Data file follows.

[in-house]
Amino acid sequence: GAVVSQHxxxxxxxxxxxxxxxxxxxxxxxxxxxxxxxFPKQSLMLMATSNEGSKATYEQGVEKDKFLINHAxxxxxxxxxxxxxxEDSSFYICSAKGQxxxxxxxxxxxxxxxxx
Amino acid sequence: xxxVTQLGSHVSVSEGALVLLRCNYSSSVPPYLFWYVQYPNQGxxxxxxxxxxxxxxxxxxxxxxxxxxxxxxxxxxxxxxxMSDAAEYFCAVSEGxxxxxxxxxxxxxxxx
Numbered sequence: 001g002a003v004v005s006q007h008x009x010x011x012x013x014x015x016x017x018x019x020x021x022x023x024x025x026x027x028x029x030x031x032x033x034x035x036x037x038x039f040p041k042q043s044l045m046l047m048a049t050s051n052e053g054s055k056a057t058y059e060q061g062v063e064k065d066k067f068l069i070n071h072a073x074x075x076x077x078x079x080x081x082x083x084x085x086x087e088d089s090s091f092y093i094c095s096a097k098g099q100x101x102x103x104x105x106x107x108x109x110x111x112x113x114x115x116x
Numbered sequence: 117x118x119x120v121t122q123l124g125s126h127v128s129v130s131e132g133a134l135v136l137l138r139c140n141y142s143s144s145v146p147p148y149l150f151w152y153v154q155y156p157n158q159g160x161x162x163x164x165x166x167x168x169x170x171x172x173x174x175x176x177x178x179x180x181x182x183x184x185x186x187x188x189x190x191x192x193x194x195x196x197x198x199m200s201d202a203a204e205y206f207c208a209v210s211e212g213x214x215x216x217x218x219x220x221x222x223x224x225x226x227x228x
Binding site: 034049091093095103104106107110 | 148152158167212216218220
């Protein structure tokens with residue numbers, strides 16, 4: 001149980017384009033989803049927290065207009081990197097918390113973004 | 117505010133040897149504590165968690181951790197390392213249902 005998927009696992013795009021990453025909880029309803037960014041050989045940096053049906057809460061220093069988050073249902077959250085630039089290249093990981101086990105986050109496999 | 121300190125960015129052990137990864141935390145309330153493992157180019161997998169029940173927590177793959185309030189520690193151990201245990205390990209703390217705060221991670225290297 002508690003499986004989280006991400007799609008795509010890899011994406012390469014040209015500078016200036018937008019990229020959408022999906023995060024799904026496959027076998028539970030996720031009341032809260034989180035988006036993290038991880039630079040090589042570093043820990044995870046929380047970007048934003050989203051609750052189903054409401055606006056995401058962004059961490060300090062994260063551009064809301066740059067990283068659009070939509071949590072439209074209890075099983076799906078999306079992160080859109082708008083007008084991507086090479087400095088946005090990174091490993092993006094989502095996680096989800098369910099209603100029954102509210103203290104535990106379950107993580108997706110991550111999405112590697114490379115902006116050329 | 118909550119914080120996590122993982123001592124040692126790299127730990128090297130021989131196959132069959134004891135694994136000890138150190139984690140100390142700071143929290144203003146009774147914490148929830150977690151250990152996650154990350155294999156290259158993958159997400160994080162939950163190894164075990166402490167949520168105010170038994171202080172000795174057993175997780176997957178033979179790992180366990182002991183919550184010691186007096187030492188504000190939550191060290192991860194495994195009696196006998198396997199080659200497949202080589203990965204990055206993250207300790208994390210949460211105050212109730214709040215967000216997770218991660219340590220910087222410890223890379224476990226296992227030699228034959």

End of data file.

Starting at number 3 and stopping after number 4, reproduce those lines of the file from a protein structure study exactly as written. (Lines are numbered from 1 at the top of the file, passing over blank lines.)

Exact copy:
Amino acid sequence: xxxVTQLGSHVSVSEGALVLLRCNYSSSVPPYLFWYVQYPNQGxxxxxxxxxxxxxxxxxxxxxxxxxxxxxxxxxxxxxxxMSDAAEYFCAVSEGxxxxxxxxxxxxxxxx
Numbered sequence: 001g002a003v004v005s006q007h008x009x010x011x012x013x014x015x016x017x018x019x020x021x022x023x024x025x026x027x028x029x030x031x032x033x034x035x036x037x038x039f040p041k042q043s044l045m046l047m048a049t050s051n052e053g054s055k056a057t058y059e060q061g062v063e064k065d066k067f068l069i070n071h072a073x074x075x076x077x078x079x080x081x082x083x084x085x086x087e088d089s090s091f092y093i094c095s096a097k098g099q100x101x102x103x104x105x106x107x108x109x110x111x112x113x114x115x116x